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Kokeshi Dolls originated in North-East Japan as wooden toys for children. They began being produced towards the end of the Edo period (1603~1868) by woodwork artisans, called Kiji-shi, who normally made bowls, trays and other tableware by using a lathe. They began to make small dolls in the winter to sell to visitors who came to bathe in the many hot springs near their villages, which was believed to be a cure for the demands of a strenuous agricultural lifestyle.
The popularity of Kokeshi dolls began to spread to other areas, so woodworkers from other hot spring resorts imitated those skills and made their own Kokeshi dolls to sell as souvenirs. They then gradually established their own Kokeshi style. Kokeshi dolls that are made today can be classified into 11 types: Tsugaru, Nanbu, Kijiyama, Naruko, Hijiori, Yamagata, Zao-takayu, Sakunami, Tsuchiyu, Togatta and Yajiro. Kokeshi dolls are very simple in design, originally made on hand powered lathes.
At that time the woodturner would use an ancient hand powered lathe with the help of his wife. It required careful teamwork, while the wife pulled a rope to turn the lathe, the husband planed the wood. As time went by, the kick wheel appeared, it could be used without any assistance. This lathe was used from the middle of the Meiji-era (1868~1912) to the early part of the Showa-era (1926~1989). Today, there is an electric lathe, which dramatically increases productivity. Kokeshi artisans make their own planes and carving tools and have become knowledgeable in forging metals.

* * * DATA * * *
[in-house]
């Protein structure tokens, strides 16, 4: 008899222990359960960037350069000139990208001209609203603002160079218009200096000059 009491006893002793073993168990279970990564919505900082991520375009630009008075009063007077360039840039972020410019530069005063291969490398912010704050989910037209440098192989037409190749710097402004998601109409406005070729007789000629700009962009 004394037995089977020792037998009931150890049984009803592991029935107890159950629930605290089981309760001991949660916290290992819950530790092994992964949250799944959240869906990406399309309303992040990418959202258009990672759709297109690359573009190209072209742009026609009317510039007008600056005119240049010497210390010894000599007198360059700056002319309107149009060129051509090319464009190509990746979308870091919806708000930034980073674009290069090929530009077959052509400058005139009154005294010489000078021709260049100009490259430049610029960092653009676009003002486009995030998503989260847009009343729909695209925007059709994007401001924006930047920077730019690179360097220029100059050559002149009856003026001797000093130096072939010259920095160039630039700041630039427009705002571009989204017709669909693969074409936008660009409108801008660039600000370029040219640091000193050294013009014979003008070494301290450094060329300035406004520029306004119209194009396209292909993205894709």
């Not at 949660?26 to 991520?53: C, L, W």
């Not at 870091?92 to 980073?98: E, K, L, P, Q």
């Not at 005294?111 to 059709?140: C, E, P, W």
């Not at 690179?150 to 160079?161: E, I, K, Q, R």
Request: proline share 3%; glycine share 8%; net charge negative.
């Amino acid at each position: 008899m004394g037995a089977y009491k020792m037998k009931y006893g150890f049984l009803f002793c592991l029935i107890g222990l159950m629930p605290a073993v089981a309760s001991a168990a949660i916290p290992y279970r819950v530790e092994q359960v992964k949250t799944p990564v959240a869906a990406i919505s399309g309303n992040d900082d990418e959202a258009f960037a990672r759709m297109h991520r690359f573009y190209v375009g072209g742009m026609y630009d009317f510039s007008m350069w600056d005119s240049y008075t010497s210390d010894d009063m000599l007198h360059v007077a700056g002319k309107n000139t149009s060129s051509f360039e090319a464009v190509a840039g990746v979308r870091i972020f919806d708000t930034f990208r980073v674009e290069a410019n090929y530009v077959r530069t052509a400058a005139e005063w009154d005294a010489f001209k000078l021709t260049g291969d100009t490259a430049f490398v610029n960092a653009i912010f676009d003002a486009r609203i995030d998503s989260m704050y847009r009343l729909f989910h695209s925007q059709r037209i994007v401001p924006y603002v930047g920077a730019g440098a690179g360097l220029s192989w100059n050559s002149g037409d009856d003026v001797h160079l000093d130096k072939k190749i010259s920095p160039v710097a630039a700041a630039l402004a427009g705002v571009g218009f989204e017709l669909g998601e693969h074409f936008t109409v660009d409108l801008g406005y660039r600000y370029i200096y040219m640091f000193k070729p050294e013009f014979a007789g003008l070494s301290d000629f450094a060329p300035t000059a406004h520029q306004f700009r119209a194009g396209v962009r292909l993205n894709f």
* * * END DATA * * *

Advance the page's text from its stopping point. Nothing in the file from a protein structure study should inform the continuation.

The basic design of a Kokeshi doll features a cylindrical body with a round head. Each doll is then delicately hand-painted by the craftsman, so that each work is a reflection of the characteristics of the person who made it. There is a signature on the bottom of the doll so that it is possible to know who made it.
We are happy to present these wonderfully traditional Kokeshi dolls to you and hope you enjoy this amazing and uniquely crafted work.